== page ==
Brain mechanisms underlying subtle cognitive changes in the premanifest stage of Huntington disease (prHD) are not understood due to a relative dearth of functional imaging studies. Preliminary evidence suggests that alterations in regional brain activation may be sensitive to very early changes in prHD. However, as cognition depends on communication among brain regions, functional connectivity of brain networks may be a more important intermediate phenotype of early pathology. The proposed longitudinal investigation of prHD will examine functional connectivity MRI (fcMRI) measured from a resting state. Resting state fcMRI correlates with cognitive abilities and has advantages as a biomarker for longitudinal studies, yet has received scant attention in prHD. The primary goal of this projec is to use fcMRI connectivity to identify the earliest changes in brain networks in prHD and to track them longitudinally. The proposed study will employ two different, but complimentary analytic approaches to study fcMRI, as some approaches may be more sensitive to disease-relevant changes. Connectivity strength in networks will be compared between a control group and prHD individuals who are stratified into three groups based on their genetic signature of disease progression. Participants will have been studied annually for three or four consecutive years.
Aim 1 will identify sensitive fcMRI markers of prHD using a region-of-interest (ROI) method. The selection of seed ROI will be informed by task-activated fMRI on tests that probe for functioning in different frontostriatal networks. The main hypothesis is that connectivity strength of seeds will be progressively weakened as prHD individuals approach diagnosis.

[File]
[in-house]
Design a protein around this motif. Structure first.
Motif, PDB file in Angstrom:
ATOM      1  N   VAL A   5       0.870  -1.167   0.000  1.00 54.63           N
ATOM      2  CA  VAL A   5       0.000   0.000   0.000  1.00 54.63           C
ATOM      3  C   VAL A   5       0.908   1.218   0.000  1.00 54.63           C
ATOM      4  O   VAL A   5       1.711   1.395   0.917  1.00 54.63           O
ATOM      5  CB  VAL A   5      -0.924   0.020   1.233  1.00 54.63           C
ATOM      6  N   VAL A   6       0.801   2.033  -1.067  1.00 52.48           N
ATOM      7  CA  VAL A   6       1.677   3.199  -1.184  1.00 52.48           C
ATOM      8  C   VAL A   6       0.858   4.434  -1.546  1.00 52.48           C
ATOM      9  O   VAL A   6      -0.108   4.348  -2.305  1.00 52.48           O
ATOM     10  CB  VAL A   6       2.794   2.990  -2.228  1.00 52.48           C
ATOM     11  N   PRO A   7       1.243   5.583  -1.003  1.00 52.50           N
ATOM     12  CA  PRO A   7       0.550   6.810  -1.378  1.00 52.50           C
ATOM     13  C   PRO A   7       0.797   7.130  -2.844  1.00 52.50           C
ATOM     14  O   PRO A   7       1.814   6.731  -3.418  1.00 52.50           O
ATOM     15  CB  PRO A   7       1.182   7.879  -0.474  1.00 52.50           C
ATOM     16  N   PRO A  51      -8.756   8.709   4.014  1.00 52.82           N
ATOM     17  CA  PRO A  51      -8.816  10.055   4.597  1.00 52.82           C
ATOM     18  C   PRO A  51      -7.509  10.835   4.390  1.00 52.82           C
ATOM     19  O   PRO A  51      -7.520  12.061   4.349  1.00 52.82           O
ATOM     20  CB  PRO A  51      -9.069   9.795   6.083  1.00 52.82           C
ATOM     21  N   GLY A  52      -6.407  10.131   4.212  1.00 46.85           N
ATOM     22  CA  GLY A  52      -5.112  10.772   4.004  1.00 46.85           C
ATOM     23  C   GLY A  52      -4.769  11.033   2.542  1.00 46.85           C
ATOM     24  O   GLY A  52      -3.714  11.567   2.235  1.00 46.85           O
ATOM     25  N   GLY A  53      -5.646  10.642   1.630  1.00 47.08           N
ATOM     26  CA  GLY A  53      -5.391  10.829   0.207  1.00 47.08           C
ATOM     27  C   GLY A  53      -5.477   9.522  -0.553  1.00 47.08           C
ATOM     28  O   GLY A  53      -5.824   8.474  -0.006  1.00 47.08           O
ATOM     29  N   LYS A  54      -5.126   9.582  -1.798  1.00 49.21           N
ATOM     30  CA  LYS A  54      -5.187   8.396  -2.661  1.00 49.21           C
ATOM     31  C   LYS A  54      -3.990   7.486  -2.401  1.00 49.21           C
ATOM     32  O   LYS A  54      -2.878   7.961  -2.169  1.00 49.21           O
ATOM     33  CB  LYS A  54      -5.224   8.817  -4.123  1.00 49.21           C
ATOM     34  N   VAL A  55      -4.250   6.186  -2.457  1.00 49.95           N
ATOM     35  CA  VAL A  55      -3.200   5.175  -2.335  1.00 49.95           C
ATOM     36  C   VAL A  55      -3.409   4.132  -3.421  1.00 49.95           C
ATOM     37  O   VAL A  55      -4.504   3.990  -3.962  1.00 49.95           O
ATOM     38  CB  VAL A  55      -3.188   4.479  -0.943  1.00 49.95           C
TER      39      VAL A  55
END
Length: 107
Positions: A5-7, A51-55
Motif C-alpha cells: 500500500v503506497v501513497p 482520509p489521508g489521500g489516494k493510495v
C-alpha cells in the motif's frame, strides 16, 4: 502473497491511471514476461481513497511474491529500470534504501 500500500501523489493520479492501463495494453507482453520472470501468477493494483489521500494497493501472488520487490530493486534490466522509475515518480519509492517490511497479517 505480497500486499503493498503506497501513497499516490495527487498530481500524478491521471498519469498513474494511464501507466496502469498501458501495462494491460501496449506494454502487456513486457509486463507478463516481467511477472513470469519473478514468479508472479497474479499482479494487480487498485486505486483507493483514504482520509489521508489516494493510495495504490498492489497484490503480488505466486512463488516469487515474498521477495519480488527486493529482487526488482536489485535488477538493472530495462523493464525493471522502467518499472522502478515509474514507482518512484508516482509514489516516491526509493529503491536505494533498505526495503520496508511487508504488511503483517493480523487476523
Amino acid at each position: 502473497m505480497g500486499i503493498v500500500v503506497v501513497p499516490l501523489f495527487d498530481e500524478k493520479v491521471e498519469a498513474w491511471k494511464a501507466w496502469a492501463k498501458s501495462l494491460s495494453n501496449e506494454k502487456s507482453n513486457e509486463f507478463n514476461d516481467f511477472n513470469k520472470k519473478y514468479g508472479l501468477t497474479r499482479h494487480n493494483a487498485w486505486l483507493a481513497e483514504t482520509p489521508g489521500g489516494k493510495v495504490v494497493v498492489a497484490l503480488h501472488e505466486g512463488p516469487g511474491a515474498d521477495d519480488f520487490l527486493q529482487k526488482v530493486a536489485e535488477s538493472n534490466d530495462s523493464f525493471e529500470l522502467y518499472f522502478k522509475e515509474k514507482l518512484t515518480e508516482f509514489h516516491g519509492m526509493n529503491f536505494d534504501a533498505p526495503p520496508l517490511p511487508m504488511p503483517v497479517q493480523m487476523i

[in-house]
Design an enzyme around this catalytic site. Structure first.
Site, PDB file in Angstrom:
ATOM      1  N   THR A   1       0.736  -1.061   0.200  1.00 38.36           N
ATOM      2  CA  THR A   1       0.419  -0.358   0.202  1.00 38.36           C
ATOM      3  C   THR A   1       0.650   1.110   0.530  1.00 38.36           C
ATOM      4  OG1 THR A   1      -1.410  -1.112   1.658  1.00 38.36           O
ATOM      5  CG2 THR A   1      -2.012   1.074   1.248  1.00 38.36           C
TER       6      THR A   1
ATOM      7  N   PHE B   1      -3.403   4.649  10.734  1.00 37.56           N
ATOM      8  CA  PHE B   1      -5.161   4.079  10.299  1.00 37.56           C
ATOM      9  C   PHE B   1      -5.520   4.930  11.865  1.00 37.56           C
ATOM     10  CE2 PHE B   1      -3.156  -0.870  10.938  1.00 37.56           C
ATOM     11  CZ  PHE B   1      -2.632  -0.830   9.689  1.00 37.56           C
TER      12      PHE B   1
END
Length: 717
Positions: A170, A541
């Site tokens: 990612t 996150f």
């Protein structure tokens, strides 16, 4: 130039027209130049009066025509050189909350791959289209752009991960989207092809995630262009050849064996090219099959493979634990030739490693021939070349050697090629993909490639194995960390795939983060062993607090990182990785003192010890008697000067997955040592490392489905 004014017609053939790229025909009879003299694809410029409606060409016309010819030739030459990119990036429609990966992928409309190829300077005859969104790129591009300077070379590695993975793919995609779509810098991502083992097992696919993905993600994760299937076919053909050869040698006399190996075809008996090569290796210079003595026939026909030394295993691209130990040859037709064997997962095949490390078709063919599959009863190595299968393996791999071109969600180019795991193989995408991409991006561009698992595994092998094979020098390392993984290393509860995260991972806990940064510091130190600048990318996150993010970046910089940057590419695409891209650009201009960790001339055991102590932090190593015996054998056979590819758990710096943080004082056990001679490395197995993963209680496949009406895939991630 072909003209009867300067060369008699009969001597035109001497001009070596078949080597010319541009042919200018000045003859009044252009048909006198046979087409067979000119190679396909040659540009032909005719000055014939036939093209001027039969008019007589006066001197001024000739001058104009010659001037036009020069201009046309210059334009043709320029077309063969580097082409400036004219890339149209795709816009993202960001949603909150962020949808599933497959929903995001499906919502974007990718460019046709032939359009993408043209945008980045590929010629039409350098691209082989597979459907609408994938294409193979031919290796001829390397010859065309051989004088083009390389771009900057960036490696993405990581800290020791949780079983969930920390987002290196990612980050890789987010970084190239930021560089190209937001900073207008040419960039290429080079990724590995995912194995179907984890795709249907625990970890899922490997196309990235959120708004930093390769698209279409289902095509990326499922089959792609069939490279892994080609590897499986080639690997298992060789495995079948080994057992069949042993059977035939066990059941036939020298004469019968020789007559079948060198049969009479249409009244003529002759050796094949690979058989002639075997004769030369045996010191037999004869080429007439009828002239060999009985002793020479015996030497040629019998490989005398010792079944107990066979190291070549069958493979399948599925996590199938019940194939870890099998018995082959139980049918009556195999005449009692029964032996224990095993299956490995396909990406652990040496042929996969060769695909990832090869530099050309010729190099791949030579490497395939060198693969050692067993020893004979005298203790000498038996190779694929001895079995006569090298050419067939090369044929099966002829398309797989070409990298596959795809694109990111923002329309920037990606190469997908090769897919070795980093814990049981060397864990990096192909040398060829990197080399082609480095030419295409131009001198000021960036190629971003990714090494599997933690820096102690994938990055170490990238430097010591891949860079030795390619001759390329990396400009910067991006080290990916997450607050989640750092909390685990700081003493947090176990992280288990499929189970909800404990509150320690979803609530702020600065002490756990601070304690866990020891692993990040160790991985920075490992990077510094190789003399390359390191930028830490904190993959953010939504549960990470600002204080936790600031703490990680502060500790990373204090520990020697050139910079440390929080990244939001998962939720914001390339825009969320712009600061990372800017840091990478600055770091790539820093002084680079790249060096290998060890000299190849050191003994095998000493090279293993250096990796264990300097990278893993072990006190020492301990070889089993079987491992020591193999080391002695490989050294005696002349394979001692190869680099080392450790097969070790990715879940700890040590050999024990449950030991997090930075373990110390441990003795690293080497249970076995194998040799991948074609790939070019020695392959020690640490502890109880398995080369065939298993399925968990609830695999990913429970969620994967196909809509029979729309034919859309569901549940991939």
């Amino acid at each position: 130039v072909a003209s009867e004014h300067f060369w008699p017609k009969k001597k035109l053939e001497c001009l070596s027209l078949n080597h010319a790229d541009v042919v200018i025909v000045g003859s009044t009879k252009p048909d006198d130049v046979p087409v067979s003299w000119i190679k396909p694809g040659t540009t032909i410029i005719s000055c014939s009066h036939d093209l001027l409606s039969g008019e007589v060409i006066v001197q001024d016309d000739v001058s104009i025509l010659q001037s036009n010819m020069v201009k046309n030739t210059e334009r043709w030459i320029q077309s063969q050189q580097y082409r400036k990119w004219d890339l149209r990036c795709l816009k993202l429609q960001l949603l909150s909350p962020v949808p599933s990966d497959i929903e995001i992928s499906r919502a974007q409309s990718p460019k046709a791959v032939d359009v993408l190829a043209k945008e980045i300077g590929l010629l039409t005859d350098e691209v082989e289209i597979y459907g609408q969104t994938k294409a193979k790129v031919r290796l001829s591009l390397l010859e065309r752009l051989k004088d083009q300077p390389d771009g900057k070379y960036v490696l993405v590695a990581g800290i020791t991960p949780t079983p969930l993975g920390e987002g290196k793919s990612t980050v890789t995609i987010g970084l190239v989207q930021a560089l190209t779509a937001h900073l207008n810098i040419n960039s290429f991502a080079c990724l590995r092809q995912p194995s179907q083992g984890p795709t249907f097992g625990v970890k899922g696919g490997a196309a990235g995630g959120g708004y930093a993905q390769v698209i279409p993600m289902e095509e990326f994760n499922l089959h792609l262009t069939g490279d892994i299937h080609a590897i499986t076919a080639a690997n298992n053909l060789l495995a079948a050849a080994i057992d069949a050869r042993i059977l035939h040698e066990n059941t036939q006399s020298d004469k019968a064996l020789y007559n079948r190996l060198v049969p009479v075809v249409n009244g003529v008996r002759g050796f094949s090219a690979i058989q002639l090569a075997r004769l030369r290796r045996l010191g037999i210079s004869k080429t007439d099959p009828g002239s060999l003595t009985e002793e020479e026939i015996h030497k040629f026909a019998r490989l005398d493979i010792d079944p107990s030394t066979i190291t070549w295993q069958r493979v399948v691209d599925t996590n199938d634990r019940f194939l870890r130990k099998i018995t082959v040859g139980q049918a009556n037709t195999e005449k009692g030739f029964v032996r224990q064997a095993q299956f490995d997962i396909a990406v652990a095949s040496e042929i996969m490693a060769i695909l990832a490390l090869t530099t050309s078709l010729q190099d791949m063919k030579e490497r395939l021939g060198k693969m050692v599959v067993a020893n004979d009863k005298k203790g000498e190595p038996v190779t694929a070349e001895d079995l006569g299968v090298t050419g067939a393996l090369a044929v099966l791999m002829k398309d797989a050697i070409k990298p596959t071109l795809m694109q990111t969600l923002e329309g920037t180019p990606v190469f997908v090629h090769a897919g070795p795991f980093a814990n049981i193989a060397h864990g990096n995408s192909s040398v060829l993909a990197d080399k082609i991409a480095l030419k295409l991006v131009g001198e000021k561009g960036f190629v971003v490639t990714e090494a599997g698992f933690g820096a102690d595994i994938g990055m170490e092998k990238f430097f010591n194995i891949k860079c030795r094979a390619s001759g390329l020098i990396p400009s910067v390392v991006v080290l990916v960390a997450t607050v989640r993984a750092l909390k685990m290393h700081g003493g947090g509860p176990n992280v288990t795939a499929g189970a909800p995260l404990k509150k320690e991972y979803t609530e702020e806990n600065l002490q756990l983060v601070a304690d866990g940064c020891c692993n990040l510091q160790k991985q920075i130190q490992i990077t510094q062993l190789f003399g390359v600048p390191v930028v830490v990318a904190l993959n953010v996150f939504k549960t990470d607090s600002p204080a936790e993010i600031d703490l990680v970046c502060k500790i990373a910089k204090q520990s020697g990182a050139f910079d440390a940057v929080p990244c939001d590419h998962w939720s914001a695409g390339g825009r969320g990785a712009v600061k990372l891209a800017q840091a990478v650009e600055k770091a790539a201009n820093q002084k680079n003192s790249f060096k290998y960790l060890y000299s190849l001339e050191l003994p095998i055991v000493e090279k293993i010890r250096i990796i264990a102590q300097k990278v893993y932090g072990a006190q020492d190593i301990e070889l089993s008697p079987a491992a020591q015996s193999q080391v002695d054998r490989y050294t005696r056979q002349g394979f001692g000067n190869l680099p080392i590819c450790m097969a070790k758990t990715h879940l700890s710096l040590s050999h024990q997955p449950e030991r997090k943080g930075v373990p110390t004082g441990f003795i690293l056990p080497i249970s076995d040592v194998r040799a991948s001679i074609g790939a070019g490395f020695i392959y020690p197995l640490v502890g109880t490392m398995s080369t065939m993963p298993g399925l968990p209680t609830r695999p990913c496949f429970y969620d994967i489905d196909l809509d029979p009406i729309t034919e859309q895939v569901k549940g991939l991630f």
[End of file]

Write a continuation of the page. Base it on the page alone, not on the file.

Aim 2 will identify sensitive fcMRI markers of prHD from complex network analysis, which characterizes organizational features and information- processing capabilities of whole-brain networks. The main hypothesis is that the organization, processing efficiency, and/or functional interactions between regions will progressively weaken as prHD individuals approach diagnosis.
Aim 3 will determine if fcMRI markers identified at baseline are sensitive to longitudinal decline across a three to four year period. The main hypothesis is that longitudinal changes in connectivity markers will emerge prior to changes in brain morphometry and cognitive functioning. The present proposal will also examine if fcMRI partially depends on the structural integrity of brain tissue.
Each aim will include a sub-aim wherein high angular diffusion weighted imaging and structural MRI will determine if a loss in fiber-tract connectivity and volume/thinning correlate with altered connectivity in specific networks at baseline. The relative sensitivity of fcMRI and structural markers of longitudinal change will be evaluated. We will also determine if fcMRI connectivity markers selectively correlate with cognitive abilities at baseline and longitudinal changes in cognition. Altogether, the proposed multipronged approach is expected to promote a new understanding of brain networks in prHD.
Changes in the brain in Huntington disease (HD) begin long before a person is diagnosed, during a preclinical stage. To measure the effectiveness of potential treatments for HD, it is necessary to identify measurement tools that reliably detect changes in the brain during the preclinical stage where treatments are more likely to be successful. The primary goal of this project is to use a neuroimaging technique, namely functional connectivity MRI, to identify the earliest changes in brain connections in preclinical HD and to track these changes longitudinally.
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